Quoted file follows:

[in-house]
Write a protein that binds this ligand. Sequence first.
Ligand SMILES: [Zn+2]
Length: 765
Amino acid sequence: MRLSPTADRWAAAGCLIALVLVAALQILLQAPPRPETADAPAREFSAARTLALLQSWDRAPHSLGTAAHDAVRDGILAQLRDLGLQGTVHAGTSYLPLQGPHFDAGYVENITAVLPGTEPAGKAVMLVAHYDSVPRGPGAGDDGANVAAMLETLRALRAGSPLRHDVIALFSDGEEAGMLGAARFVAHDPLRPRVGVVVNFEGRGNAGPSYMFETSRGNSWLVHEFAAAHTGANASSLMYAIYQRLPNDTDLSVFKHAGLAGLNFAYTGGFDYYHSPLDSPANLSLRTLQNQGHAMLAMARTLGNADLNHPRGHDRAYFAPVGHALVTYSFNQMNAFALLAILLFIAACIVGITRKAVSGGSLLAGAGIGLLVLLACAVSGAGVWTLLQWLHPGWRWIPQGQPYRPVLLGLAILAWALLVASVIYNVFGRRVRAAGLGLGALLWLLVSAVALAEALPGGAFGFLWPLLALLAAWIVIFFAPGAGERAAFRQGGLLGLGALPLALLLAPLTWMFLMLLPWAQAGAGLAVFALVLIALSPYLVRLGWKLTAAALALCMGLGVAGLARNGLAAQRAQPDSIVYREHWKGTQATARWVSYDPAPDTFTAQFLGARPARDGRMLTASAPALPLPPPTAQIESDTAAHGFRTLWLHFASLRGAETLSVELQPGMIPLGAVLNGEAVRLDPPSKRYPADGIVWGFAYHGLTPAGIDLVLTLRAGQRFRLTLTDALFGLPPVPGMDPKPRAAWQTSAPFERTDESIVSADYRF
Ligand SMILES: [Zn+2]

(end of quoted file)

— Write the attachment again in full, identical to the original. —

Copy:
[in-house]
Write a protein that binds this ligand. Sequence first.
Ligand SMILES: [Zn+2]
Length: 765
Amino acid sequence: MRLSPTADRWAAAGCLIALVLVAALQILLQAPPRPETADAPAREFSAARTLALLQSWDRAPHSLGTAAHDAVRDGILAQLRDLGLQGTVHAGTSYLPLQGPHFDAGYVENITAVLPGTEPAGKAVMLVAHYDSVPRGPGAGDDGANVAAMLETLRALRAGSPLRHDVIALFSDGEEAGMLGAARFVAHDPLRPRVGVVVNFEGRGNAGPSYMFETSRGNSWLVHEFAAAHTGANASSLMYAIYQRLPNDTDLSVFKHAGLAGLNFAYTGGFDYYHSPLDSPANLSLRTLQNQGHAMLAMARTLGNADLNHPRGHDRAYFAPVGHALVTYSFNQMNAFALLAILLFIAACIVGITRKAVSGGSLLAGAGIGLLVLLACAVSGAGVWTLLQWLHPGWRWIPQGQPYRPVLLGLAILAWALLVASVIYNVFGRRVRAAGLGLGALLWLLVSAVALAEALPGGAFGFLWPLLALLAAWIVIFFAPGAGERAAFRQGGLLGLGALPLALLLAPLTWMFLMLLPWAQAGAGLAVFALVLIALSPYLVRLGWKLTAAALALCMGLGVAGLARNGLAAQRAQPDSIVYREHWKGTQATARWVSYDPAPDTFTAQFLGARPARDGRMLTASAPALPLPPPTAQIESDTAAHGFRTLWLHFASLRGAETLSVELQPGMIPLGAVLNGEAVRLDPPSKRYPADGIVWGFAYHGLTPAGIDLVLTLRAGQRFRLTLTDALFGLPPVPGMDPKPRAAWQTSAPFERTDESIVSADYRF
Ligand SMILES: [Zn+2]